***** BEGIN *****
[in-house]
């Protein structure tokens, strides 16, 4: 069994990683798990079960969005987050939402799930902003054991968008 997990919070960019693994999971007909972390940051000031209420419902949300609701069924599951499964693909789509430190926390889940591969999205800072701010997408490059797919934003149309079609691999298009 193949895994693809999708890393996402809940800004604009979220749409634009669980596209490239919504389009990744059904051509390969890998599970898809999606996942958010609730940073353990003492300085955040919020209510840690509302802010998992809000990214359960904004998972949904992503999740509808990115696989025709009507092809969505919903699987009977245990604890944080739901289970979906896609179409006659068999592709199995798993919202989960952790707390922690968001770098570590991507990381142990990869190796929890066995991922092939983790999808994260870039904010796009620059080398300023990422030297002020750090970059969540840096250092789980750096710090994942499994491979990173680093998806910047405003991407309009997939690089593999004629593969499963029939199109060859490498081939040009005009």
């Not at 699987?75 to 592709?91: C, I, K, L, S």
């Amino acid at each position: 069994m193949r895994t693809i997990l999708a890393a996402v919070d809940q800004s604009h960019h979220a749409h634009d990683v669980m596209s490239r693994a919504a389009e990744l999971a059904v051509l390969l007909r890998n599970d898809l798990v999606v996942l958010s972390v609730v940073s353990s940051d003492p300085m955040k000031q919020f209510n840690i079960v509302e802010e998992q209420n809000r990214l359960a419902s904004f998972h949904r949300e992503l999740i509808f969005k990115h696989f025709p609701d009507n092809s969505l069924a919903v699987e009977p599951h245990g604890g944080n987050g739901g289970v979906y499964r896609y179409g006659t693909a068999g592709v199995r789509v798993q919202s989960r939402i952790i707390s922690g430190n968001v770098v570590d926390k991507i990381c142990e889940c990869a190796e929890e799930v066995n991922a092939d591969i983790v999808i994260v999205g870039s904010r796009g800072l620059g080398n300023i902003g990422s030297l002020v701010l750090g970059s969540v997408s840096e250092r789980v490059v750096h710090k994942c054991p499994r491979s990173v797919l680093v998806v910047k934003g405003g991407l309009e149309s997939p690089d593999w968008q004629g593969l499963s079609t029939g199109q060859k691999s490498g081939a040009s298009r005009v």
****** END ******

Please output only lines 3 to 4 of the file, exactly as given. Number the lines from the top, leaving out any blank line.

């Not at 699987?75 to 592709?91: C, I, K, L, S």
């Amino acid at each position: 069994m193949r895994t693809i997990l999708a890393a996402v919070d809940q800004s604009h960019h979220a749409h634009d990683v669980m596209s490239r693994a919504a389009e990744l999971a059904v051509l390969l007909r890998n599970d898809l798990v999606v996942l958010s972390v609730v940073s353990s940051d003492p300085m955040k000031q919020f209510n840690i079960v509302e802010e998992q209420n809000r990214l359960a419902s904004f998972h949904r949300e992503l999740i509808f969005k990115h696989f025709p609701d009507n092809s969505l069924a919903v699987e009977p599951h245990g604890g944080n987050g739901g289970v979906y499964r896609y179409g006659t693909a068999g592709v199995r789509v798993q919202s989960r939402i952790i707390s922690g430190n968001v770098v570590d926390k991507i990381c142990e889940c990869a190796e929890e799930v066995n991922a092939d591969i983790v999808i994260v999205g870039s904010r796009g800072l620059g080398n300023i902003g990422s030297l002020v701010l750090g970059s969540v997408s840096e250092r789980v490059v750096h710090k994942c054991p499994r491979s990173v797919l680093v998806v910047k934003g405003g991407l309009e149309s997939p690089d593999w968008q004629g593969l499963s079609t029939g199109q060859k691999s490498g081939a040009s298009r005009v």